In a January 2009 USA Today article a business professor confesses to not understanding the financial crisis. His point, which is excellent, is that we sometimes act as if we understand the answer to a question for fear of appearing dumb. Each semester, in what must be an enlightening class, he introduces his “…students to a key idea: I want them to join me in the fight against the fear of looking dumb. Overcoming that fear can save them from serious traps.”
“In 2001, for example, Fortune magazine reporter Bethany McLean asked Enron CEO Jeffery Skilling a dumb question: How did Enron make money? Skilling attacked, calling her an ill-prepared incompetent. Yet, McLean’s article was the first to rightly ask whether Enron was overpriced…”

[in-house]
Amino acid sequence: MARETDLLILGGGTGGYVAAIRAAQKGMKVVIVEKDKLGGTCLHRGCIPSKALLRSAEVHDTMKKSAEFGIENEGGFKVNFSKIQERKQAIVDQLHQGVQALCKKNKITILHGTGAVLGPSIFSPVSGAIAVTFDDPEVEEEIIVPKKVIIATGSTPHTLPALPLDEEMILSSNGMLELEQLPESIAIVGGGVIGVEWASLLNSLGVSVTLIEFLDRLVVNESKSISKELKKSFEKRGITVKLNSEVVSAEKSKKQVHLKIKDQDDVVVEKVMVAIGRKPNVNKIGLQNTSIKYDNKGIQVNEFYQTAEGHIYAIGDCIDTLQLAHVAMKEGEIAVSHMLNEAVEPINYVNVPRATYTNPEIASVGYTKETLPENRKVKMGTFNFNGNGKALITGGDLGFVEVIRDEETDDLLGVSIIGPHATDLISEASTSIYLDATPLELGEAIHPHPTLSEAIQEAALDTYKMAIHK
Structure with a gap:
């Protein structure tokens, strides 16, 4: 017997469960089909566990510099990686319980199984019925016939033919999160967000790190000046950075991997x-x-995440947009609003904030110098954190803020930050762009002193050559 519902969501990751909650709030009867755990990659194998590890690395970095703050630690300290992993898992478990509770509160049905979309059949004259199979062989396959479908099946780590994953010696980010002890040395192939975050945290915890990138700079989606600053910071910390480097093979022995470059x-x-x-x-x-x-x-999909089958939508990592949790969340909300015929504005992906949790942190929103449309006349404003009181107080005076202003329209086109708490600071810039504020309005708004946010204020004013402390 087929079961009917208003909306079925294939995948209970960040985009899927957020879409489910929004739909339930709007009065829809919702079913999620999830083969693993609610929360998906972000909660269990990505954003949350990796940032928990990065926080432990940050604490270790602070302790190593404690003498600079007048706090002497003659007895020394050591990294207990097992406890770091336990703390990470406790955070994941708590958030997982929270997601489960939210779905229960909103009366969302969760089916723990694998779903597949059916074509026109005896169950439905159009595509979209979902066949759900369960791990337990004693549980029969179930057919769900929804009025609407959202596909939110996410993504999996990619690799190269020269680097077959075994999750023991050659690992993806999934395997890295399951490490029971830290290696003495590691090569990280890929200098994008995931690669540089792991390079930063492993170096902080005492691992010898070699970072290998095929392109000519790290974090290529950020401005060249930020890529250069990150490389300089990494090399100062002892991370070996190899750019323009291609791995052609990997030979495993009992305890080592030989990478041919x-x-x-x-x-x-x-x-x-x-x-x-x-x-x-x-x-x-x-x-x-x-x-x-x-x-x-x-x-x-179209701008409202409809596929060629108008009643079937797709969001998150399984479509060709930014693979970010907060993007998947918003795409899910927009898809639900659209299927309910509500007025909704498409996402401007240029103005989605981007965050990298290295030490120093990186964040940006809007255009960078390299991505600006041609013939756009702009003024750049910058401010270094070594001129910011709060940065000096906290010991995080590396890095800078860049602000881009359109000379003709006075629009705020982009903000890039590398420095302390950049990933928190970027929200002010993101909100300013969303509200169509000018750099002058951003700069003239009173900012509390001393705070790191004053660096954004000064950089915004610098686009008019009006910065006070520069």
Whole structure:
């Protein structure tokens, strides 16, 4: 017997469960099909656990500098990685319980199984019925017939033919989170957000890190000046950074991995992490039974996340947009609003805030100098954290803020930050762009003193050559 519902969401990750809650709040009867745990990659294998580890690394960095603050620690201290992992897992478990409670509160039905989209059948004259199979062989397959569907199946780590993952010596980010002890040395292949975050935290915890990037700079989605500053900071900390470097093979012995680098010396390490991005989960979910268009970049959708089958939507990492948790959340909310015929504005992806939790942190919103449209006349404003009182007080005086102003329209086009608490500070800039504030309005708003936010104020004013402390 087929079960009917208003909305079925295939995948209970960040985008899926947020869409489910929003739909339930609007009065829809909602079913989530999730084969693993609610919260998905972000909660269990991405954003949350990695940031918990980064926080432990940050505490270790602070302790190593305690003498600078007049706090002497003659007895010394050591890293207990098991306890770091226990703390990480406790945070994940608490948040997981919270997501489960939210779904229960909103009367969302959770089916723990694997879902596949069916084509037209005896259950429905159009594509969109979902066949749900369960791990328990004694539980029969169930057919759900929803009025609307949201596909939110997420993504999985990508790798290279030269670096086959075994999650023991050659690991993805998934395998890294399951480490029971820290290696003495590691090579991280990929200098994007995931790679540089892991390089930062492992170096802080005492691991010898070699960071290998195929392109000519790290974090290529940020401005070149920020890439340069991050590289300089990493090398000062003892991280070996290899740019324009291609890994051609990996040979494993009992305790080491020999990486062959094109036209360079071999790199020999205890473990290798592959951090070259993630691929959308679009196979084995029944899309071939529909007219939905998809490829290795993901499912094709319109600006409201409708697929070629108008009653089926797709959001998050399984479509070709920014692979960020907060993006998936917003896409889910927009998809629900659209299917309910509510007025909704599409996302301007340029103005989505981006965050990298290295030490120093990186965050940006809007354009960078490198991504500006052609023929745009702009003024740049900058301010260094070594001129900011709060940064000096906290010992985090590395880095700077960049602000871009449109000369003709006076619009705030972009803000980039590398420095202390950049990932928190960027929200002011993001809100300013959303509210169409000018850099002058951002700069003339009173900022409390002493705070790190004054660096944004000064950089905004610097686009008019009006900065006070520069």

I thought of this article today, because I was reading about “India’s Enron,” Satyam Computer Services. The Satyam fraud is estimated at more than $1bn and may have been committed through the use of 13,000 fictitious employees. “The former chairman…inflated the size of the outsourcing company’s workforce by nearly one-quarter and siphoned off the wages of the fake employees…” according to the Financial Times (Why Analysts Failed to Spot the Books Being Cooked). Along with the chairman of the company, two PwC auditors have been arrested in connection with police investigations.
And here’s where the silly question comes in. When an analyst asked why a $1bn cash reserve (which apparently doesn’t exist) was not earning interest, the chief financial officer stated that the money is “…in overnight deposits and all that, so now we have placed them into normal-term deposits so next quarter onwards we will see that as part of the deposits.”
Go forward and ask the silly questions wherever you find them…